The Lesser Known Indian Tribes

Chenchu_tribal_hunting

India is a country full of fascinating cultural diversity, it has more to offer than one can experience in one lifetime. There are numerous tribes following and preserving their distinct culture and traditions, that has been practiced by their ancestors since time immemorial. Below is the list of seven lesser known tribes of India and a few lines about them.

  1. Bnei Menashe

They claim to be the descendants of the lost Israeli tribes who came to Manipur after being exiled from their motherland when it was conquered by the Neo-Assyrian Empire in 772 BC. In the 19th century they were converted to Christianity, but in the late 20th century, their claims of being descendants of the Israel’s exiled tribes were finally confirmed by a rabbi from Israel. They then converted back to their original religion.

  1. Sentinelese

This is one of the most elusive tribe in the world. They have no desire of mixing with the rest of the world, and become extremely hostile when an outsider tries to break into their sanctity of elusiveness. Several attempts to establish contacts with them have been made, which were responded by arrows and javelin causing injuries and deaths. Today, the indigenous tribe of Andaman, enjoys complete autonomy with the occasional patrols from the Indian government.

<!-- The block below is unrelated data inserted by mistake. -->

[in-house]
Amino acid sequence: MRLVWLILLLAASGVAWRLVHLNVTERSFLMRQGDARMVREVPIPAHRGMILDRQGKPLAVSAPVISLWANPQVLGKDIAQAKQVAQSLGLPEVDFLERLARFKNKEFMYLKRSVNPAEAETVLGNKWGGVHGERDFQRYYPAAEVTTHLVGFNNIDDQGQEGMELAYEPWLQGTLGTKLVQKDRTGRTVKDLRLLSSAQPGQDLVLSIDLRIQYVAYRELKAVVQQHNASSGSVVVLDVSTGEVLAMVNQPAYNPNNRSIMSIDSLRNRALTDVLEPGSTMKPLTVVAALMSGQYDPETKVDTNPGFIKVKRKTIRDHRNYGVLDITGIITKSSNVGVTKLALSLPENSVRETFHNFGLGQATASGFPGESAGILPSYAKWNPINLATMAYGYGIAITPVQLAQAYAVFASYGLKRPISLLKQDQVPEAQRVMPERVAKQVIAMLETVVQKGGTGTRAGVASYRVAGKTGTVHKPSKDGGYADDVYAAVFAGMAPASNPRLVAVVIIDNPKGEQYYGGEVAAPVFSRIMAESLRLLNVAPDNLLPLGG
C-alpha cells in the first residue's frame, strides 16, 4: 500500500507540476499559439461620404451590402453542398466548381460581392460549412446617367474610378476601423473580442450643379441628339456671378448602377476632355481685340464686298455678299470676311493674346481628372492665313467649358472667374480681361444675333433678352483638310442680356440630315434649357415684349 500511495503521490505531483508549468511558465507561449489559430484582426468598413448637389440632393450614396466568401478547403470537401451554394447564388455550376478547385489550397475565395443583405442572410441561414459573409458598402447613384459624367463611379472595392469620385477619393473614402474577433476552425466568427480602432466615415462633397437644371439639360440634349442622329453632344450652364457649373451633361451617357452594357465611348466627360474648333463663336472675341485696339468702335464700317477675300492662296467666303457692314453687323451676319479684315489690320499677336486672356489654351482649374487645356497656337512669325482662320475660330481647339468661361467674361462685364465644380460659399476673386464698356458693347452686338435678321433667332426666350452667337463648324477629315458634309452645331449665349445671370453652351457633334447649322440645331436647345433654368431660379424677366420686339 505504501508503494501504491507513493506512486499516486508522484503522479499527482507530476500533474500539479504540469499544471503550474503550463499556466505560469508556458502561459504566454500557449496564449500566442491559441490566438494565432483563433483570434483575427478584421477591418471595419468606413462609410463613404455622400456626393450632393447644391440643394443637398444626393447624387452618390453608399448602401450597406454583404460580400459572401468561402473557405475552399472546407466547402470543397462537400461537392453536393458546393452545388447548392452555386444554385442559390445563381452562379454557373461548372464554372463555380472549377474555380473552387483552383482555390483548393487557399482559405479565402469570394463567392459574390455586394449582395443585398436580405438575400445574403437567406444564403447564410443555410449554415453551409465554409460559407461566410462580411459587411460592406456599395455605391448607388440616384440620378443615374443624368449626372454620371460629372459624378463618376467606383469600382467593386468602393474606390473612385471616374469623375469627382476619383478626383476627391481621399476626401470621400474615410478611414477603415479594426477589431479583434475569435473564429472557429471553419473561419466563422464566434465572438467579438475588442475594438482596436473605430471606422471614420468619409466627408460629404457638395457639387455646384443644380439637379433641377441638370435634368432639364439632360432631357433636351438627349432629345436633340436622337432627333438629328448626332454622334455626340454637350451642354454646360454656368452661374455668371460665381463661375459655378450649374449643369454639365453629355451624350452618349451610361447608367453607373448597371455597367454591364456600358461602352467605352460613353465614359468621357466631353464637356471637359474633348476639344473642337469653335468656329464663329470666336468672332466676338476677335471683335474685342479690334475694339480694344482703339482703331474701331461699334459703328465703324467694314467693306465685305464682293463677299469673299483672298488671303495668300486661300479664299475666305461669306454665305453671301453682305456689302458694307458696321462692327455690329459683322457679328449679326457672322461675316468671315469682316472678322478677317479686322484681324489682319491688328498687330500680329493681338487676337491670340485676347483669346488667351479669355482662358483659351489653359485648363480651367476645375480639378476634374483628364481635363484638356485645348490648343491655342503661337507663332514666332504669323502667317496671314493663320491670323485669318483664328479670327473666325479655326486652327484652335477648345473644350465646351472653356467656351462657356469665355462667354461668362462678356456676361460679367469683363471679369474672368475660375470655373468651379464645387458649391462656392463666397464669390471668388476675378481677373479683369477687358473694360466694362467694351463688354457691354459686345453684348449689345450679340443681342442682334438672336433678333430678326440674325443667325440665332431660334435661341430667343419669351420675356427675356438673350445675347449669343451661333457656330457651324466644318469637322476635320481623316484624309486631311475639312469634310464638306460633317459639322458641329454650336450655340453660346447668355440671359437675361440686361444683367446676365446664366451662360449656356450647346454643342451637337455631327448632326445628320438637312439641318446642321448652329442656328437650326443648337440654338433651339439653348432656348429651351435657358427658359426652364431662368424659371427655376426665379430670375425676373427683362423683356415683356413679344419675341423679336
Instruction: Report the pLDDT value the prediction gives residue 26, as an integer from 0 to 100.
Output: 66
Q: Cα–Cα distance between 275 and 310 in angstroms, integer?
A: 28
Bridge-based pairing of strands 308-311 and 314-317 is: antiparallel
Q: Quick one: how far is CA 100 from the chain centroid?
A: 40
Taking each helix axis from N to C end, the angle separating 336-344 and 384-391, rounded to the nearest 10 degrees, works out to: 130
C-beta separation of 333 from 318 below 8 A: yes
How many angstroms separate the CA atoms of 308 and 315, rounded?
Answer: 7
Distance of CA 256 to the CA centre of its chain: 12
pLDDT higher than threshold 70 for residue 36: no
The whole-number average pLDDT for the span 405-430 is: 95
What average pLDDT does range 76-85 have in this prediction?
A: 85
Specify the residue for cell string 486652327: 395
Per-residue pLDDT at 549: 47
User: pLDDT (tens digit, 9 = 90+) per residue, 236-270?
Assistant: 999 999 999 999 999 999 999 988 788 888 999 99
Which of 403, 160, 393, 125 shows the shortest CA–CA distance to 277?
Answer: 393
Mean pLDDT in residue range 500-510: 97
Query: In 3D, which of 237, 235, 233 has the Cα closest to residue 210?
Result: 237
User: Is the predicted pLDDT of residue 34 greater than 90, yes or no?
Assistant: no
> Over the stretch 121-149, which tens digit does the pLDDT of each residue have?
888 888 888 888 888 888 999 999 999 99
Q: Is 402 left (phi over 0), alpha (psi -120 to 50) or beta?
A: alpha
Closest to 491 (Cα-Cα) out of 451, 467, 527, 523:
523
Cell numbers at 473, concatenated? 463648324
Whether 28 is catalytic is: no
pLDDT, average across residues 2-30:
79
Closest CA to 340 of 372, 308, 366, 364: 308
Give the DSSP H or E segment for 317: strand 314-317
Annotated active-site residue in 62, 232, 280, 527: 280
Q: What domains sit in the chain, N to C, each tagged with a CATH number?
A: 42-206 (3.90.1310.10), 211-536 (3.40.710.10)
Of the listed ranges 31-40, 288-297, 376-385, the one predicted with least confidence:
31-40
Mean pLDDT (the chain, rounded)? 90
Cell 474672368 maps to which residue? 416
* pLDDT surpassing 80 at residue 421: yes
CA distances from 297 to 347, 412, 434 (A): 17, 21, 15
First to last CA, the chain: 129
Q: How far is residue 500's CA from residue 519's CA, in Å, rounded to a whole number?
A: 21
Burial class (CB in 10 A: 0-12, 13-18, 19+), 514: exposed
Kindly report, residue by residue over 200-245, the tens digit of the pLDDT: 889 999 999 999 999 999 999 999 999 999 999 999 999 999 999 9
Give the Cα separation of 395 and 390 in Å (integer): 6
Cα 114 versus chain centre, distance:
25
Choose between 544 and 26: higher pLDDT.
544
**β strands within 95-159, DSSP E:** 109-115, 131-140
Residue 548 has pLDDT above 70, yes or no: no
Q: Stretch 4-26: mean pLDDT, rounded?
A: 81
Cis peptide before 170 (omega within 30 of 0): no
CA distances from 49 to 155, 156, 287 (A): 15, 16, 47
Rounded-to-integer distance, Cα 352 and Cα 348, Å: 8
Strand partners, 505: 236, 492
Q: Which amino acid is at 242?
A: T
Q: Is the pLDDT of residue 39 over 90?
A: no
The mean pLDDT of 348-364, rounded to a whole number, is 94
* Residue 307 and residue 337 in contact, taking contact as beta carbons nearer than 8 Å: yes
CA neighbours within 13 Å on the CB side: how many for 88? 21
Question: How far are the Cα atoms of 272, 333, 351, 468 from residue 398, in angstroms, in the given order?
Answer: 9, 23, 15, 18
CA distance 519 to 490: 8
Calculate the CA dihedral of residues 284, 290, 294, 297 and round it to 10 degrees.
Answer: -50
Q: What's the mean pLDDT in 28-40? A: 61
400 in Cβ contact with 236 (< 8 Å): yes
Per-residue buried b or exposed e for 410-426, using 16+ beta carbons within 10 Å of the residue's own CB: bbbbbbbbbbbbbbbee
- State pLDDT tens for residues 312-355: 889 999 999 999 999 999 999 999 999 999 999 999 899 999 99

1. Chenchus

This tribe lives in the Indian states of Andhra Pradesh, Telangana, Karnataka and Odisha. They are still dependent on forests and do not cultivate land but hunt for a living. Non-tribe people living among them rent land from the them and pay them a portion of the harvest. These allow a man or a woman to marry without any parental pressure. Widow remarriage is also not a very big deal for them.

  1. Bishnoi

This tribe of Rajasthan were the original environmental conversationalists of India. In the year 1730, 363 Bishnoi men and women sacrificed their lives to save trees from being cut down by the king of Jodhpur. The Bishnoi community have dug up wells, cultivated vegetation and made the land liveable with their bare hands, where they lead a peaceful and simple life.

  1. Siddi